"Losing 65 Pounds Saved My Life"
"I Did It!"
Three years ago, Michelle Rudnitzky not only dropped five dress sizes, she also developed a new outlook on life. "My whole attitude toward eating and exercise has changed," says the 22-year-old design student from New Jersey. "I'm just sorry it took a health scare to do it."
Michelle was overweight even as a child. "I loved to eat, especially starchy foods like pasta and garlic bread," she says. In high school, she'd hang out with friends at diners and fast-food places. "We'd snack on onion rings, mozzarella sticks, fries and pizza -- and I got heavier." She dropped a few pounds using fad diets but inevitably gained them back. "I thought it was impossible for me to lose weight, but now I see I wasn't going about it in the right way."
All that changed during her first semester of college. She'd been ill on and off that fall. Eventually she landed in the emergency room, shaking and vomiting. Within an hour, the cause of her symptoms was determined: type II diabetes, largely the result of her excess weight. "I was shocked. My doctor said that my blood glucose levels were high enough that if I had waited another day, I might have died." He prescribed insulin and told her she'd probably have to give herself injections for the rest of her life unless she lost weight.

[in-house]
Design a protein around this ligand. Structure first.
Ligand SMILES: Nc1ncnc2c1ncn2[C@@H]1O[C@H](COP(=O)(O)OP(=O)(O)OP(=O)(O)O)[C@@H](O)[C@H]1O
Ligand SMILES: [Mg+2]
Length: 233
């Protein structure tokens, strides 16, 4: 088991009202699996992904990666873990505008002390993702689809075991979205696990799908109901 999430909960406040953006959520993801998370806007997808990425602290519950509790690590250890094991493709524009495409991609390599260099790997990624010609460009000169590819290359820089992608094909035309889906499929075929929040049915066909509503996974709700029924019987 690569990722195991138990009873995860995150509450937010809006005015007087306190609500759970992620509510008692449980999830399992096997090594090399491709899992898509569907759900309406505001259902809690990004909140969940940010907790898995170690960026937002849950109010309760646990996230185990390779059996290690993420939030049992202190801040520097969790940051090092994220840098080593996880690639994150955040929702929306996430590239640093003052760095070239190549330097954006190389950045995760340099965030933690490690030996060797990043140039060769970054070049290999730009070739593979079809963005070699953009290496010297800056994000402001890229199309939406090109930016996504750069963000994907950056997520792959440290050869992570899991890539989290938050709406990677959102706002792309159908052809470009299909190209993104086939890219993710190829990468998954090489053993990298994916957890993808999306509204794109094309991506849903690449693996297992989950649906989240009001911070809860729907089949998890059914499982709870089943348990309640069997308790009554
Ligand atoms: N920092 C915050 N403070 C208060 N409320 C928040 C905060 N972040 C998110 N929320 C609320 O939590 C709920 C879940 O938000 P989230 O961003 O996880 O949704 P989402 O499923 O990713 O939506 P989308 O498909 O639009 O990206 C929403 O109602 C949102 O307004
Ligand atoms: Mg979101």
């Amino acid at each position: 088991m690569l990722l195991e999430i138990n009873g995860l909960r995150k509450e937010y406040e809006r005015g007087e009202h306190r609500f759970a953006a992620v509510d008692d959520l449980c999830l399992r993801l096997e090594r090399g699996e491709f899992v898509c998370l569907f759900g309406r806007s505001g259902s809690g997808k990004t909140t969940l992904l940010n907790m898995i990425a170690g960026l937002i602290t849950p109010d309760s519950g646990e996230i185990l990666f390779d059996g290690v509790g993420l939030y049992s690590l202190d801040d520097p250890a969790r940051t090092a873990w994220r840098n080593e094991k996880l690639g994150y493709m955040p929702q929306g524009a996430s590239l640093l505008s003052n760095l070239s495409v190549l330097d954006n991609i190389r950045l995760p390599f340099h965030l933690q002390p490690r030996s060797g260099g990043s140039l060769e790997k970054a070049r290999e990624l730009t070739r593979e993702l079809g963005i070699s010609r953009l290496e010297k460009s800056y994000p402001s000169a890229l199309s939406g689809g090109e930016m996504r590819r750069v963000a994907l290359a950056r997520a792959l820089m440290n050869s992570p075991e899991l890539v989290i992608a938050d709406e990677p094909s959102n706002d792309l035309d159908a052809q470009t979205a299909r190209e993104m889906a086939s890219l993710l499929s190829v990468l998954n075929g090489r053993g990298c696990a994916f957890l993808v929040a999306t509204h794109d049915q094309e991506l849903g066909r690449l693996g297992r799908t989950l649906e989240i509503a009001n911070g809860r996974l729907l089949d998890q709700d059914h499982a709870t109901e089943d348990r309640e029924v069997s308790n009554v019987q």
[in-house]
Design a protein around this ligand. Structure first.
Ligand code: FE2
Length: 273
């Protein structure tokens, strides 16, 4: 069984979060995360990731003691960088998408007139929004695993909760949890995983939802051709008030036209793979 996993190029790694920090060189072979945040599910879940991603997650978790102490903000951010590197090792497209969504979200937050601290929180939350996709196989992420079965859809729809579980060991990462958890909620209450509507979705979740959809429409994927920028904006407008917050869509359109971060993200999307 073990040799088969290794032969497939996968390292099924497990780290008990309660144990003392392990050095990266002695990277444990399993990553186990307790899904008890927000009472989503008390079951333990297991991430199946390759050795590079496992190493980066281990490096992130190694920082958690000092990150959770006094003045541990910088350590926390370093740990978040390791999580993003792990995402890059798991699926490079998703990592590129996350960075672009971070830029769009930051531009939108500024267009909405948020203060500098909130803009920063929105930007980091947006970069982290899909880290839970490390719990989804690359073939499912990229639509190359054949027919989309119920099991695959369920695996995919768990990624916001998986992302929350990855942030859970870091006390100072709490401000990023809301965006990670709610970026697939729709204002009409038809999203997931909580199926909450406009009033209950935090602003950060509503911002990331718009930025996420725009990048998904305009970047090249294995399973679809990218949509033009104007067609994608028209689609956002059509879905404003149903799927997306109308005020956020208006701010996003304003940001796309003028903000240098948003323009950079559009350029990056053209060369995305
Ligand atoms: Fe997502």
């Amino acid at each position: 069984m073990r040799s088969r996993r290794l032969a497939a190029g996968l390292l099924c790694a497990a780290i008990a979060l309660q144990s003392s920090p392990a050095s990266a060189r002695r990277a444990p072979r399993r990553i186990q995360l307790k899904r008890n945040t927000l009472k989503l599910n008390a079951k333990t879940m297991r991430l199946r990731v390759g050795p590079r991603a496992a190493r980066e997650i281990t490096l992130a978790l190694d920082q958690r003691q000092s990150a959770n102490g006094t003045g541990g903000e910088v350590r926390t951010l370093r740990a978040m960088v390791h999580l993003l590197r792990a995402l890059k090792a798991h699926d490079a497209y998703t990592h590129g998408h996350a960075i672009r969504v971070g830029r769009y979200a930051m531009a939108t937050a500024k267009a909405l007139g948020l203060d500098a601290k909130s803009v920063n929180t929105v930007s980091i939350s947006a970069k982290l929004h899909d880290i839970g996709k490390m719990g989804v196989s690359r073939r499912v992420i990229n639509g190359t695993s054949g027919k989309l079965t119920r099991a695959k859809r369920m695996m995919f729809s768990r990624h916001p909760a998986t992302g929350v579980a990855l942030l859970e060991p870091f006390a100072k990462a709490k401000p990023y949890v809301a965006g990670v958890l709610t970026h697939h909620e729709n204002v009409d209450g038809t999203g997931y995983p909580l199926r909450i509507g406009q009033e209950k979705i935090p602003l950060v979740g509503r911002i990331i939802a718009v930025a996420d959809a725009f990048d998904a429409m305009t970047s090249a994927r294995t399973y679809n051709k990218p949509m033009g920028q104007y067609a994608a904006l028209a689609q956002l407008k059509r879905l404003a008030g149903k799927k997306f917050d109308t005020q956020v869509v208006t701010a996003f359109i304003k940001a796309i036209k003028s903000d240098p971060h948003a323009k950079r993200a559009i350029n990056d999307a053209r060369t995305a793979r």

Michelle met with a diabetes specialist, who put her on a 1,200-calorie diet that consisted mostly of vegetables, grilled chicken and tuna, and low-fat dairy products. "I learned that the starchy foods I loved were the worst thing for me," she says. She started riding a stationary bike for 20 minutes three times a week, gradually building up to 40 minutes of cycling or running on the treadmill. Every day she'd walk the three miles round-trip from home to classes. "Whenever I was tempted to go back to my old eating habits or skip a workout, I reminded myself that my life was at stake."
Michelle was able to lose about 10 pounds a month. Six months after her diagnosis, she was 65 pounds lighter and her doctor took her off insulin injections. "I have so much energy now," she says. "Eating right and exercising isn't just about looking good -- it's about feeling good and being healthy."
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